[Date Prev][Date Next][Thread Prev][Thread Next][Date Index][Thread Index][Subject Index][Author Index]

Re: dinosaur hip mechanics (was Re: Big Dinosaur Print)

    Larry Febo asked: "How long was the tail drag fossil? Was it continuous?
Could it have been a result of the animal periodically resting on it`s tail
to survey it`s enviornment?"

    All the tail drags I know of in the track literature were continuous,
being consistent all along the exposed trackway.  This includes those from
the Connecticut valley, which  I described in an earlier posting, quoting
from the Richard Swann Lull publication.

    Likewise in the extensive trackway with tail drag in Arizona, which I
earlier described, and of which I have a movie.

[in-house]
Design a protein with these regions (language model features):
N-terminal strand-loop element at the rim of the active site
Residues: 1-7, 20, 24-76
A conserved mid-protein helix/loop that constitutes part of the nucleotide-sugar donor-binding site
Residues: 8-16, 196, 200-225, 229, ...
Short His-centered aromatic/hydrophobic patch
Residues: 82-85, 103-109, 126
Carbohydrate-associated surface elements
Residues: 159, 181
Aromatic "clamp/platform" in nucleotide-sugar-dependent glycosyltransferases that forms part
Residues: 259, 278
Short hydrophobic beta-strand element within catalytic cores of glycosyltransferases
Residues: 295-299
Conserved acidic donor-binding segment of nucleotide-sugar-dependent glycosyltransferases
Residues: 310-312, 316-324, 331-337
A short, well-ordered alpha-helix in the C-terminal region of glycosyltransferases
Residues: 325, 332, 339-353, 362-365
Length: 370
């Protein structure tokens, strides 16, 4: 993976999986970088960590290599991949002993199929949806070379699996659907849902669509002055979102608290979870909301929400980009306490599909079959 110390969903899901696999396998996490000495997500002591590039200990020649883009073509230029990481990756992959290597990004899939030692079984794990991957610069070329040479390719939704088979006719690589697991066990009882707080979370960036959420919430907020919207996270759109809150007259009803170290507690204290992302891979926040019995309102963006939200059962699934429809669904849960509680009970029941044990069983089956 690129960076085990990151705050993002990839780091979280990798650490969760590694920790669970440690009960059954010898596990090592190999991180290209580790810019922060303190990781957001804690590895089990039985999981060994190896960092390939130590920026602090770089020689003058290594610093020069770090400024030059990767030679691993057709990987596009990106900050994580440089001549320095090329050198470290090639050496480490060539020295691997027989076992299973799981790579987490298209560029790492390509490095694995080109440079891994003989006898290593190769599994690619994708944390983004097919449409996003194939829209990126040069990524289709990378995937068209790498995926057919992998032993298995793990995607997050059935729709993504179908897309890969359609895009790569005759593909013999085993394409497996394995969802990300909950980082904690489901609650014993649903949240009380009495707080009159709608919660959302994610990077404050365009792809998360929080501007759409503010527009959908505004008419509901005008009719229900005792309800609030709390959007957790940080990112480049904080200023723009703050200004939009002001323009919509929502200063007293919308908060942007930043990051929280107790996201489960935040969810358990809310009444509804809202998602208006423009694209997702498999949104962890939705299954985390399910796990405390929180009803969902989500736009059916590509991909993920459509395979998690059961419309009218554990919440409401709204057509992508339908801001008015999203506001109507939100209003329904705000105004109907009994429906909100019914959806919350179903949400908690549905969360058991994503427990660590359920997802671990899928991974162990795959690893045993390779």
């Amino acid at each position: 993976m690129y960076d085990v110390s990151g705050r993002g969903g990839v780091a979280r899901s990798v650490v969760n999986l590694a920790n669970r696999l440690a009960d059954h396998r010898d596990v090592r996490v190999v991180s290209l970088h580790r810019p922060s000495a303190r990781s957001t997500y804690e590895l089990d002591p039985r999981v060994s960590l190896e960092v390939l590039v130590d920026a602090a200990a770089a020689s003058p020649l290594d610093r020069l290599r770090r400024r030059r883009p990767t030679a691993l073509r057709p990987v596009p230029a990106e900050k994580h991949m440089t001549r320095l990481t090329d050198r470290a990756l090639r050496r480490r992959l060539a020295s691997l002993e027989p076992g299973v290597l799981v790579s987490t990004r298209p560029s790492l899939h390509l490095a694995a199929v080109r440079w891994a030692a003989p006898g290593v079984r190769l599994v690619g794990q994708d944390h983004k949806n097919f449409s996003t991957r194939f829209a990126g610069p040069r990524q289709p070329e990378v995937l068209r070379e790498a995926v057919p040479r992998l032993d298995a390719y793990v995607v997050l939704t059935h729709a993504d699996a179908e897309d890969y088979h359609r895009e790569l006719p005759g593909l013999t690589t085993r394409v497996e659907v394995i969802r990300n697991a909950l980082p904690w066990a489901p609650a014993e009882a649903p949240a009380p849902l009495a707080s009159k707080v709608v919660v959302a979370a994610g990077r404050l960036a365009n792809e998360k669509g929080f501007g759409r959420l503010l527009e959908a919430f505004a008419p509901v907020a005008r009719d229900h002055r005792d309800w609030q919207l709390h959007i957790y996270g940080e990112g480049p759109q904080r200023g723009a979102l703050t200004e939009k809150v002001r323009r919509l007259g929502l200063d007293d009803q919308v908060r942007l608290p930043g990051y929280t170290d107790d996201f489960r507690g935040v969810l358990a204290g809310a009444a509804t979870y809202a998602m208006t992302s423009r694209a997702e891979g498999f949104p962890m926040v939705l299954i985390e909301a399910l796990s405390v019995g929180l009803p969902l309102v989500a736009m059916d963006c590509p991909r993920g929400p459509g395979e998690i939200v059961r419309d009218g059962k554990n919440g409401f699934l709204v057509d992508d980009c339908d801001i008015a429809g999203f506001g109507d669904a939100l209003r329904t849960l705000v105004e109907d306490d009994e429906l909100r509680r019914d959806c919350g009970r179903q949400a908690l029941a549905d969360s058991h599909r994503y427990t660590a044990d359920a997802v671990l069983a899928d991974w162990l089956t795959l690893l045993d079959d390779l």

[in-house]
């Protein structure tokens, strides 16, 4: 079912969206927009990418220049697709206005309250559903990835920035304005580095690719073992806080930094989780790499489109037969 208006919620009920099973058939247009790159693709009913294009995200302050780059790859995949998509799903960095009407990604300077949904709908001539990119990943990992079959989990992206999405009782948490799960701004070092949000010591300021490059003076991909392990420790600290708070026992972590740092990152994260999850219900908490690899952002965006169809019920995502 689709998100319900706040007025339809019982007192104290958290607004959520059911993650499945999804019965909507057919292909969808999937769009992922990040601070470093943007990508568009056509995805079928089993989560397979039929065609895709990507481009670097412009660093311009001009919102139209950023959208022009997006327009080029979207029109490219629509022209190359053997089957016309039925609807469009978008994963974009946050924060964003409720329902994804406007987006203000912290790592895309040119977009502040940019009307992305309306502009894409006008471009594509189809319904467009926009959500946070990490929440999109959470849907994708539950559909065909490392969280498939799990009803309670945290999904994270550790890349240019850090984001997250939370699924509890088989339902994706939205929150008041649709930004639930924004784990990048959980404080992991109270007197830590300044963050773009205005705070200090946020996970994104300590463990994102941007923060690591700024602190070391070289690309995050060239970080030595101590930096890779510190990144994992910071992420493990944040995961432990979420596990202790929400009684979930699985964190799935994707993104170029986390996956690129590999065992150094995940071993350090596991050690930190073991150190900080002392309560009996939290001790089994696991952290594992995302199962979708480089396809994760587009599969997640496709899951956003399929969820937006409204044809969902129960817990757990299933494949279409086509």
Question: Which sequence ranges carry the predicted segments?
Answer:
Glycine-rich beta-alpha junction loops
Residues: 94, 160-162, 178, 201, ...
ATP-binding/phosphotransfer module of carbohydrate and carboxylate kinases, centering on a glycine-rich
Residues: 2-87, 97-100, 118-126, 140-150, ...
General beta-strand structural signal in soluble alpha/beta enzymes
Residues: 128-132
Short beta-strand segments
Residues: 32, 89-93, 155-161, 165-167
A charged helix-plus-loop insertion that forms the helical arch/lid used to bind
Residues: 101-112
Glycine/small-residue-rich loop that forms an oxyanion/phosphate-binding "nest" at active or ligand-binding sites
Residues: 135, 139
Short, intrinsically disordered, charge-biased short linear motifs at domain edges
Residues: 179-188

I would stress, however, that tail dragging is rare in the track record,
as recovered to date.

    Since it is Spring here in the norhern hemisphere, as my mind searches
for explanations, I might be half-way (and only half) persueded that tail
drag may have been some special adaptation by which some female dinosaurs
dropped the tail after mating (hence, after the first insemination), thereby
lessening the likelihood of secondary insemination (if preventing that had
some protective advantage).

    There are, of course, some modern animals (cats, for example) that have
a mechanism that tends to prevent secondary insemination.  I mention this
only because it shows that at least in some animals, prevention of further
penetratoin and insemination appears to be advantageous, and not to suggest
any direct anlalogy between ancient reptiles and modern mammals.

    Ray Stanford

"You know my method.  It is founded upon the observance of trifles."  --
Sherlock Holmes in The Boscombe Valley Mystery